Double Fine starts the Kickstarter revolution
Before Tim Schafer's Double Fine launched its Double Fine Adventure Kickstarter earlier this year, Kickstarter was a place where smaller indie studios could seek an audience (and hopefully their wallets). I personally didn't know a single person who was even signed up to Kickstarter, let alone was pledging money to video game projects on the platform.
At about the mid-point of the current console generation, prognosticators warned the game industry: Going toe-to-toe with studios in the top-tier, high-budget "triple-A" video game sector is going to become an increasingly harrowing task.
We saw this happening last year as well, but the trend continued in 2012 — mid-level developers and their games are falling out of the picture. Slow sales of Square Enix's Sleeping Dogs hurt the publisher's earnings this year — a disappointing shortfall, as the publisher made a special effort to scoop the game up from Activision, where it was called True Crime: Hong Kong.
When 38 Studios imploded
The mere existence of 38 Studios was one of my favorite things about the video game industry. That a man could make his fortune being an all-star baseball pitcher and use it to jumpstart a video game studio, hire his favorite people, and make the kinds of games he wants to play was proof that even the wildest adolescent fantasies can come true.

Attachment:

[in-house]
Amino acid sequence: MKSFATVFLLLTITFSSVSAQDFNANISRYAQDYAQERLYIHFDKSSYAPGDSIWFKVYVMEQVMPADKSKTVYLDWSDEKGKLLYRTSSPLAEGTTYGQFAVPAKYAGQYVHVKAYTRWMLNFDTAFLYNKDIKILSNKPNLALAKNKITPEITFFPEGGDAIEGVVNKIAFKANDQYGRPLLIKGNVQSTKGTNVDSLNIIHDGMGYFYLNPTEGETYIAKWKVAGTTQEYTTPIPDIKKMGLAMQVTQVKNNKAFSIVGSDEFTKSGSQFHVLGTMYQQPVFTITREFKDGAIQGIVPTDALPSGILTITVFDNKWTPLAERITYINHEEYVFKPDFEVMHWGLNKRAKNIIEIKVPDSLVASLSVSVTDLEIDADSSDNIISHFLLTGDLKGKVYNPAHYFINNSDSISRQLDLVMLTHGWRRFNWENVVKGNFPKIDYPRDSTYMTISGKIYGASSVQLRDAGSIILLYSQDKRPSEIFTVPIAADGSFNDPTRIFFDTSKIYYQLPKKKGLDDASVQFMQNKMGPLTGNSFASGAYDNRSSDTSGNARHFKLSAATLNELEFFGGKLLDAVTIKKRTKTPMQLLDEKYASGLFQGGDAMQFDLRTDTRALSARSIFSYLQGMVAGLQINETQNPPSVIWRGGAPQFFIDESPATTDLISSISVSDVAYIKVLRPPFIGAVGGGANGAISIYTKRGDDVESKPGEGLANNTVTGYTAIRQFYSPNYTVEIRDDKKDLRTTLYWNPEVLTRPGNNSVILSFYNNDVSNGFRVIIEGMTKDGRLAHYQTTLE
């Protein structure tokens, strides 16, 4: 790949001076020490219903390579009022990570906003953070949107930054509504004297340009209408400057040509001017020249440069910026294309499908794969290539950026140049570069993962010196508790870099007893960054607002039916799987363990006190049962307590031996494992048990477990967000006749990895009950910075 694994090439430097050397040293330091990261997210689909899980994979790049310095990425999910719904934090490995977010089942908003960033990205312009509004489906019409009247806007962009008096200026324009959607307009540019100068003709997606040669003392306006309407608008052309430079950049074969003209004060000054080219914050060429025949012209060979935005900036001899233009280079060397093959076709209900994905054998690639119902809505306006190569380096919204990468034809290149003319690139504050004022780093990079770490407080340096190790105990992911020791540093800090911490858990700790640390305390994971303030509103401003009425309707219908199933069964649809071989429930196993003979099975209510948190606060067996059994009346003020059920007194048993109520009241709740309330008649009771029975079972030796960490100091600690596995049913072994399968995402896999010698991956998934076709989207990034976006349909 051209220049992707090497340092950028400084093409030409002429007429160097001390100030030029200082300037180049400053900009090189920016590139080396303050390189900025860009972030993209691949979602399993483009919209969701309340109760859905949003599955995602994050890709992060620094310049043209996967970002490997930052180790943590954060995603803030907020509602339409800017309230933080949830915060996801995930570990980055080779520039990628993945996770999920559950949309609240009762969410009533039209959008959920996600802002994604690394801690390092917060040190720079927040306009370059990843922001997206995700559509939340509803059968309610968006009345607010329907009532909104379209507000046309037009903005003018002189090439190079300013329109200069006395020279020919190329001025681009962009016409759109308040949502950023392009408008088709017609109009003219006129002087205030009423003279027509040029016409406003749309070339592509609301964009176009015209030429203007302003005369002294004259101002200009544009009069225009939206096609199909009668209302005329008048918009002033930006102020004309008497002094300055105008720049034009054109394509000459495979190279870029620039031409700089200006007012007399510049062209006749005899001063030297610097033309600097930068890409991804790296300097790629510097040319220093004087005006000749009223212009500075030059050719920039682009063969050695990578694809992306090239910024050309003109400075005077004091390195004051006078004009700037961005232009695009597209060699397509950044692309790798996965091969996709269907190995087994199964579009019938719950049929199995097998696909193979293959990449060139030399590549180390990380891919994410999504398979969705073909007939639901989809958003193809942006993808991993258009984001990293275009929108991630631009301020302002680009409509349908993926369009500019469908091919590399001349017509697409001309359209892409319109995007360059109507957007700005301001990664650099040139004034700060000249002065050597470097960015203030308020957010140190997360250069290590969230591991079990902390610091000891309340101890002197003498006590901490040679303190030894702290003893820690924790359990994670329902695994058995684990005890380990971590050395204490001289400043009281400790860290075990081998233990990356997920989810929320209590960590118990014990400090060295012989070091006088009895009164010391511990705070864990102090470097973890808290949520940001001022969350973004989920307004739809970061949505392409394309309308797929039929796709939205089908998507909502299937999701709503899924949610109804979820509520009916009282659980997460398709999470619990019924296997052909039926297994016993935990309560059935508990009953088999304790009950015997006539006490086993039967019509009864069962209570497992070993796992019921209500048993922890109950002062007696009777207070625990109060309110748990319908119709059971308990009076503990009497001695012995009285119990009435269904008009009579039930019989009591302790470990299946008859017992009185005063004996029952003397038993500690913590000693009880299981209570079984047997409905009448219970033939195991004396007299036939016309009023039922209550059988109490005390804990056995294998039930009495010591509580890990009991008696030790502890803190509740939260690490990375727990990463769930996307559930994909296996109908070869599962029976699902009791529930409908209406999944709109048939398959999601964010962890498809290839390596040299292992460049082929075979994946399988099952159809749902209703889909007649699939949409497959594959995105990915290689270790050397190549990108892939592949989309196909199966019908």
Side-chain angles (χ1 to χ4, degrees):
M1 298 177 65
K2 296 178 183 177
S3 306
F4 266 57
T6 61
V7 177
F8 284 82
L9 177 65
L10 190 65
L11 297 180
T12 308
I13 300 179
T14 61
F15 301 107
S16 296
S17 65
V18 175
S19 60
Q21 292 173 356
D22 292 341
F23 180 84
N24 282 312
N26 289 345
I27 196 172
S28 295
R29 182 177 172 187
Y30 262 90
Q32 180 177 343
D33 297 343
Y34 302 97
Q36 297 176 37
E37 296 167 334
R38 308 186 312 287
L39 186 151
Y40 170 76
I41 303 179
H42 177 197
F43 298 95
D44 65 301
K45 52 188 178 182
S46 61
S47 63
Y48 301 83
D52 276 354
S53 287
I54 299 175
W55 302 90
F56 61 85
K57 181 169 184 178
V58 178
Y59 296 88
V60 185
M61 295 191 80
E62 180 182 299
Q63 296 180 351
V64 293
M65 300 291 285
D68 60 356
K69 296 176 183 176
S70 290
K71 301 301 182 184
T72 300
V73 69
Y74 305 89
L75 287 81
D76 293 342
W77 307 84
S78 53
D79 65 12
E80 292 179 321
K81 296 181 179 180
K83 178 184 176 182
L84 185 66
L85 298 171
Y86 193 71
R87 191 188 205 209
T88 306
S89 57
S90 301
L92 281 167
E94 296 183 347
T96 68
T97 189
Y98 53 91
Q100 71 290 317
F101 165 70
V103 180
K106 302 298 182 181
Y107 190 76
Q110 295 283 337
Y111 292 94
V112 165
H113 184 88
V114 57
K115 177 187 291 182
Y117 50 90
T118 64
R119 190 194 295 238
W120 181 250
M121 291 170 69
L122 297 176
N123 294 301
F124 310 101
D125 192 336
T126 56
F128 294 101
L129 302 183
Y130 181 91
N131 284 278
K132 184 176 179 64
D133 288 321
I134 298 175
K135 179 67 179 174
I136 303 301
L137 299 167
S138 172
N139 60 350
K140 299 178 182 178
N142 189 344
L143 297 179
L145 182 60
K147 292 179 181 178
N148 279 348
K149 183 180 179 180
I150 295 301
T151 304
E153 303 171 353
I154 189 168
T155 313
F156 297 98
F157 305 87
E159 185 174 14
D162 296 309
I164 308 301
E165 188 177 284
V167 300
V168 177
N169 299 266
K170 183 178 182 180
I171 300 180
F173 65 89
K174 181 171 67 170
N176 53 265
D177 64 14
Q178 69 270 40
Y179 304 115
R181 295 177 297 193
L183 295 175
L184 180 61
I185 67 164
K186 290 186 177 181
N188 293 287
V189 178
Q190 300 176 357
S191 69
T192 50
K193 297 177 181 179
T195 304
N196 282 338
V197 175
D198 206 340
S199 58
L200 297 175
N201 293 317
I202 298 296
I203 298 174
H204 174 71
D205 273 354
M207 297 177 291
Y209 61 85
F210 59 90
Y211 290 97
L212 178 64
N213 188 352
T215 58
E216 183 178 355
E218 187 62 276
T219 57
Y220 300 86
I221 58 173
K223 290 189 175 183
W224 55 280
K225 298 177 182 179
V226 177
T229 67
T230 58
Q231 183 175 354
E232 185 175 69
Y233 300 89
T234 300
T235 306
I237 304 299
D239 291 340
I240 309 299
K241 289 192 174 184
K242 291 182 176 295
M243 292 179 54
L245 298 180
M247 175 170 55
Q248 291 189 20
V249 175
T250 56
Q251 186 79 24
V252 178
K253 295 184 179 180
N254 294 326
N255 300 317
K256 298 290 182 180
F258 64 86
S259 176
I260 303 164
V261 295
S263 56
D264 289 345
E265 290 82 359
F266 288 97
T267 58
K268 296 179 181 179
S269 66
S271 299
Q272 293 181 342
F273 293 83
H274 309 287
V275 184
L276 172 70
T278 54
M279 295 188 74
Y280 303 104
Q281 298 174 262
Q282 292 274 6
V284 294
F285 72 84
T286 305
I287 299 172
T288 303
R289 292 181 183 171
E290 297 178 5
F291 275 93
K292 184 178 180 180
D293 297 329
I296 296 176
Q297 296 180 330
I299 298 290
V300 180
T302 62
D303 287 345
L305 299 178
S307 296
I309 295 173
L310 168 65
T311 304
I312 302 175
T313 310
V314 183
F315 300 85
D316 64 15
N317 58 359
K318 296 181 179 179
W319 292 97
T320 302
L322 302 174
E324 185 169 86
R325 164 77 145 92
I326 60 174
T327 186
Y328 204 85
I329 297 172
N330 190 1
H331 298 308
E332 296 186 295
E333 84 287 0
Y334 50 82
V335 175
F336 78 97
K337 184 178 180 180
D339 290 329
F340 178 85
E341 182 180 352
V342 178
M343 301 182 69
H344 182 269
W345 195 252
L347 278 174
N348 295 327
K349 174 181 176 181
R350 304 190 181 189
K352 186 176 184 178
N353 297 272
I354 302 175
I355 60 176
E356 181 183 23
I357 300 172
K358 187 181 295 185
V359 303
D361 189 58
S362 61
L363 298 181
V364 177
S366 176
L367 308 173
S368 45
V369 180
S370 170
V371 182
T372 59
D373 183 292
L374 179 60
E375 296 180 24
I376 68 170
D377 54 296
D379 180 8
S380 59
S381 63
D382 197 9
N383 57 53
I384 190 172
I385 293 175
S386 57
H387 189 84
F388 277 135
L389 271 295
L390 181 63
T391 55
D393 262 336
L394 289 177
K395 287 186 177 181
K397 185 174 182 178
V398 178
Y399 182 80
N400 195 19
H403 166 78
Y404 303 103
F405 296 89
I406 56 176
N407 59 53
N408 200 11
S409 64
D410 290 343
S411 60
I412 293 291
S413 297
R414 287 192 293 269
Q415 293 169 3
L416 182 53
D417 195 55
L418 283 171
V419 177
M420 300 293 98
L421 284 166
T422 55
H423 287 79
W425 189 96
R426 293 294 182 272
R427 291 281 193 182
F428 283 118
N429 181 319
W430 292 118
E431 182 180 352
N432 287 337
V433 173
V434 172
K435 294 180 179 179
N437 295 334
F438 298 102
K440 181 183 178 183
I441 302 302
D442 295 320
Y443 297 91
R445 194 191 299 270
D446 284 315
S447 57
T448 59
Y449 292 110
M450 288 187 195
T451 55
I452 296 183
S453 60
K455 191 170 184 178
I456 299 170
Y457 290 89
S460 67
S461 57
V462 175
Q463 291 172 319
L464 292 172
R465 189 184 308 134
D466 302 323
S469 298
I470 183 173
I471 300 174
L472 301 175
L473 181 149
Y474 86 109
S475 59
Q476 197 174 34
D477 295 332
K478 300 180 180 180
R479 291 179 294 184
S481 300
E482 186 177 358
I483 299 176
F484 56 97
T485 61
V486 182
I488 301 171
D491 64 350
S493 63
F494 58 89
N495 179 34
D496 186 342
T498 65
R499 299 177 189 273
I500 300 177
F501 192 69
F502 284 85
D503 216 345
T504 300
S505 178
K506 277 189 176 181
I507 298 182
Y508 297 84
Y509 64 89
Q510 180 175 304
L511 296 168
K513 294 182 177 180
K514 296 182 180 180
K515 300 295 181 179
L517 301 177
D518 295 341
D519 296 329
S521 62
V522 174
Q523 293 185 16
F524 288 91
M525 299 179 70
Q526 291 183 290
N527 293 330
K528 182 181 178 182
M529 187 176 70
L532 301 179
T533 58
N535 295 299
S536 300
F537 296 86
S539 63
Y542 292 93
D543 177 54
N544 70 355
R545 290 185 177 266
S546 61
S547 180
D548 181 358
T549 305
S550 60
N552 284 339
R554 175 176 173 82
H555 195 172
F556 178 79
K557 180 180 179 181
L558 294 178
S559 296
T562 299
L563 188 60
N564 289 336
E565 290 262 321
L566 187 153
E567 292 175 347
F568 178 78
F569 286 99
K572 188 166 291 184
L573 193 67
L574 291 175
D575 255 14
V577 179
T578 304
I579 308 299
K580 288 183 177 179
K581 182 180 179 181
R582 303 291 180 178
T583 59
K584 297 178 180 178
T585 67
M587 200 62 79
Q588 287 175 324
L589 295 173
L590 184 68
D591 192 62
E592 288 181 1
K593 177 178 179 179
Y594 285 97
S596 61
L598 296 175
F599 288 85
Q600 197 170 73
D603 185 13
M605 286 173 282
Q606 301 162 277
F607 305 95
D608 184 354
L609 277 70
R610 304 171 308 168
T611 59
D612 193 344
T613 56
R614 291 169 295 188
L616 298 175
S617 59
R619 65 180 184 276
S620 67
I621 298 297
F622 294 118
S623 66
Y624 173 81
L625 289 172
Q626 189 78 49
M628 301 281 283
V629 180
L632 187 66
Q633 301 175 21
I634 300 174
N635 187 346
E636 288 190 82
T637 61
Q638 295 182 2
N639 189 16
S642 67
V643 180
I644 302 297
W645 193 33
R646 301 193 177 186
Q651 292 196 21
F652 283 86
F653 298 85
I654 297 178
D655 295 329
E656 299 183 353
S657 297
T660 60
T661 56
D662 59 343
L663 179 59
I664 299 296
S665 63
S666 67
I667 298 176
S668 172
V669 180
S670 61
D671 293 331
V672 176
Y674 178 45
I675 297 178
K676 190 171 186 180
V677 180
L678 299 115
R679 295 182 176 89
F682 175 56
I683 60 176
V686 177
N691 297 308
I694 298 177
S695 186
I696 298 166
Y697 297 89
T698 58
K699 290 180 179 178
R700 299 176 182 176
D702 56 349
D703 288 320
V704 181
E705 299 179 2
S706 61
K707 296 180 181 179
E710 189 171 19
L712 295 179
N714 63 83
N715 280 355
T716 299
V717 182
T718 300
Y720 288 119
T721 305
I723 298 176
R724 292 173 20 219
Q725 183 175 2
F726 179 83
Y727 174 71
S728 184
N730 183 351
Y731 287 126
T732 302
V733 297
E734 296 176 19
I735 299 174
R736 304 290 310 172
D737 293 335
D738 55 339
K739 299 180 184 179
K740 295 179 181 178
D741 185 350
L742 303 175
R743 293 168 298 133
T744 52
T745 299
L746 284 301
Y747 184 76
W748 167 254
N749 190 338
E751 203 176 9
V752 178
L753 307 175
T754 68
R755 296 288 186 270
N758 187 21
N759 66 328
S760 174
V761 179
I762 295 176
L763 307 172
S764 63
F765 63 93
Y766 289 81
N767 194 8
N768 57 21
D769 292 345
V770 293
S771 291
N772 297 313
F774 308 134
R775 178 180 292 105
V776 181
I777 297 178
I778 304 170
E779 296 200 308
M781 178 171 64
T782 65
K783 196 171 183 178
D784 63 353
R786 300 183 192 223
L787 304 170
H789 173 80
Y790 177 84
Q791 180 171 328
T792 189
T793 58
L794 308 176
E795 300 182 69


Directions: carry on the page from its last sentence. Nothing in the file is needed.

Mass Effect's Ending
After three installments in BioWare's widely-celebrated franchise, the saga of Shepard came to an end. And yet it was far from over — the ending of the game caused a vocal outcry of fan dissatisfaction with everything from the tone to the logic of the story itself. Particularly damning was the allegation that fans didn't have enough choice and control over their destiny, given that one of the strengths of the series is that it works to give players exactly that.
Star Wars: The Old Republic
Almost a year ago, Star Wars: The Old Republic launched amidst tremendous fanfare and confident projections from publisher Electronic Arts about its commercial potential. Astute observers had noted signs of trouble for years; many had questioned whether or not BioWare's strength in single player storytelling would translate to an MMO; whether too much money was being spent on the game's development; whether the subscription model still worked, and other concerns.